Leadership: Questioning the Foregone Conclusion

Playing the devil’s advocate.

I had not expected the emotional response I received to those four words when I raised them a few weeks ago. Exasperated, the woman across from me stated how she despised people wasting her time by playing the devil’s advocate. I was surprised to say the least as I had always thought it to be a very constructive technique. One which I’ve employed successfully throughout my career.

So, before I go on, let’s clear things up. According to Merriam-Webster, the devil’s advocate is:

1.   a Roman Catholic official whose duty is to examine critically the evidence on which a demand for beatification or canonization rests

2.   a person who champions the less accepted cause for the sake of argument

Well then. What I’ve been doing is obviously not related to the first definition, nor am I arguing for the sake of argument. In my glass half-full view, I see it as a little of both.

I don’t have a better name to describe a conscious, critical review of all options at the time when one idea appears to be favoured over all others. (This clarification is important, as this form of assessing options is long past the point of brainstorming, it occurs only when one idea becomes the clear choice.) All it takes is one brave person to find their voice around the boardroom table, the watercooler or wherever ideas are conceived at your workplace. Below are some of the reasons why they are helpful to you as a leader.

3 Benefits to Having a Devil’s Advocate

1.      Trap: group think. This is especially true if you hold a position of influence in the organization or are a subject matter expert. Other contributors may feel intimidated to speak up and question your suggestions for fear of reprisals or to avoid looking incompetent. As smart as we all think we are, the whole point of bringing a group together to resolve an issue is to hear contrary viewpoints and develop the best solution possible.

Escape: ‘What options are we overlooking?’, ‘What have we not thought of?’ If you realize you are at risk of group think, challenge the group to come up with the best alternative to your idea. Give them the freedom to do so until they become comfortable enough around you to understand they will not be reprimanded and that sometimes the subject matter expert could benefit from a 30,000-foot viewpoint. The secondary trap that awaits you is how to address subsequent options if they clearly fall short of the main solution being considered. Being too quick to dismiss an alternative may result in that person never raising their voice again, so spend time exploring the opportunities you are presented as a group and be prepared to moderate.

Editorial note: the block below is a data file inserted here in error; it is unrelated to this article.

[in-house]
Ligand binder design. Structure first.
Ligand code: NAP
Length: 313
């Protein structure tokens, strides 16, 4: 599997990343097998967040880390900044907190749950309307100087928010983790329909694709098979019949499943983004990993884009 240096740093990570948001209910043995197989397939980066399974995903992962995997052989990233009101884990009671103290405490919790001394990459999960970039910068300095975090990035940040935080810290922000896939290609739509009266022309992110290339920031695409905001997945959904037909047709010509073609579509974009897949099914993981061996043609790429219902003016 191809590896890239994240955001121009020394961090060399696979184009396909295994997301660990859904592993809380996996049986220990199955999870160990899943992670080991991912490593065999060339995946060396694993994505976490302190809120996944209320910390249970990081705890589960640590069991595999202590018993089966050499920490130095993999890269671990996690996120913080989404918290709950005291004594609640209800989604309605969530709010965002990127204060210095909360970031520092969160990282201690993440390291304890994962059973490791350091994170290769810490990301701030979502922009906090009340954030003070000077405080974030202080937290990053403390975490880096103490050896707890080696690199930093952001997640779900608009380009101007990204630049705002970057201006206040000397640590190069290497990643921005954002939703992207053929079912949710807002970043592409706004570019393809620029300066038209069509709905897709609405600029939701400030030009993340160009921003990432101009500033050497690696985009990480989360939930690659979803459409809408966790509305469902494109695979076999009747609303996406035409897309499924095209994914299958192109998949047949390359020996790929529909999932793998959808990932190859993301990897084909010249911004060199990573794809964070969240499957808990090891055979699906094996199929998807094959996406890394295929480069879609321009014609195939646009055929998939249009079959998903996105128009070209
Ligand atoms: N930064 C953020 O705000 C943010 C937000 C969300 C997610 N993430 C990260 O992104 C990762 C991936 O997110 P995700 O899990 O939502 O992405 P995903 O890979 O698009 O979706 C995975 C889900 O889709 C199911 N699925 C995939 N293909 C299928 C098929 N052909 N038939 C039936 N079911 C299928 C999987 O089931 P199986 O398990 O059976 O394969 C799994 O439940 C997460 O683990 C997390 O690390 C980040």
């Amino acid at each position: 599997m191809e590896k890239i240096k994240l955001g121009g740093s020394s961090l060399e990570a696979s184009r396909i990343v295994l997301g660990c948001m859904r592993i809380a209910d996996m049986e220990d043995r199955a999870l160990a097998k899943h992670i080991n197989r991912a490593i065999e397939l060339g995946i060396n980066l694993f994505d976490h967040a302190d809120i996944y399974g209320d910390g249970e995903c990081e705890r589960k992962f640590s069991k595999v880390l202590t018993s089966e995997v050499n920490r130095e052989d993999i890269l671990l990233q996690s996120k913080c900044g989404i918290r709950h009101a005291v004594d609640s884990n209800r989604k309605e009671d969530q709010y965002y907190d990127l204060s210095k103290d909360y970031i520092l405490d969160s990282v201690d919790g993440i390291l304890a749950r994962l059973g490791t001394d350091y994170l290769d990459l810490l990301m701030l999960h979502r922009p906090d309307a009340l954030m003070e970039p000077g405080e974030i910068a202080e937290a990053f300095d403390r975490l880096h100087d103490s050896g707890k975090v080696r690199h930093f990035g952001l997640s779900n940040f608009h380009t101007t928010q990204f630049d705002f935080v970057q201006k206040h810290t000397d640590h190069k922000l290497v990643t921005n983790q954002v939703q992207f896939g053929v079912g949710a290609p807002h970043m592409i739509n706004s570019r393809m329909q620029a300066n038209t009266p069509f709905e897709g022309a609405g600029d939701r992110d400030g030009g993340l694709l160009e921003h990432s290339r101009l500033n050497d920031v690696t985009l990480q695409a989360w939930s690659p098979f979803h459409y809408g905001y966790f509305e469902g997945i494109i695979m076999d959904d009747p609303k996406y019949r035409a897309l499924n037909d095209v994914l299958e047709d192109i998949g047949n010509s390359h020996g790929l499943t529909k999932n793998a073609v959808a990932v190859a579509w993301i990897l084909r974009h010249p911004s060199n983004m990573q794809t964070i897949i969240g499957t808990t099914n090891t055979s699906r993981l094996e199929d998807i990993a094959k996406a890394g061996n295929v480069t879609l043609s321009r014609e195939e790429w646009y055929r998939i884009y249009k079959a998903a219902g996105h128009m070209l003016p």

2.      Trap: the perfect solution. We’ve all been here. That one-size fits all solution materializes to solve not only your website needs but it will also cure acne, force your teenager to do their homework and create world peace! You’d be a fool to not move forward. Sure, there are some unknowns to be dealt with but we can address them as the come, right? 

Escape: ‘This is the solution we are looking at, tell me why it won’t work.’ Think of it as a mini-thesis defense. Ask those around you to figure out why it won’t work. Certainly, you will have thought of some of their responses, but you might be surprised but what they come up with. I highly encourage you to not only ask people with deep understanding of the issue you are trying to resolve, but also those that do not. Climbing out of the weeds can result in a reset of your perspective and some creative idea generation.

3.      Trap: not seeing the forest for the trees. Your idea makes sense technically, fiscally and/or logically. It is sound. Nothing has been overlooked. You will create a new procedure manual with every step defined and then on Monday it will be rolled out to the effected staff (insert face palm emoji).  

Escape: ‘How will this impact people directly involved? Indirectly involved?’, ‘Have we considered the optics of implementing this idea? Will it cause problems for other departments/teams?’  It is surprising how many snap decisions are made that involve people and yet their response is either not considered or is a complete shock to the decision makers. This trap is particularly destructive to team dynamics and is often a key to unsuccessful change management initiatives. 

As a leader, when your words carry more weight, it is important to create a culture that respectfully questions your ideas so you can avoid these traps. Being the devil’s advocate opened a lot of doors for me early in my career and allowed me to learn a great deal more about the businesses I worked for. It can take a lot of courage to speak up in front of peers and the higher ups though. By trying out some of these escape questions/clauses, you can foster that ability to respectfully question ideas within your teams. 

Do you have any experience successfully playing the devil’s advocate or creating a culture of respectful questioning? What I have I left out? Please tell me about it in the comments.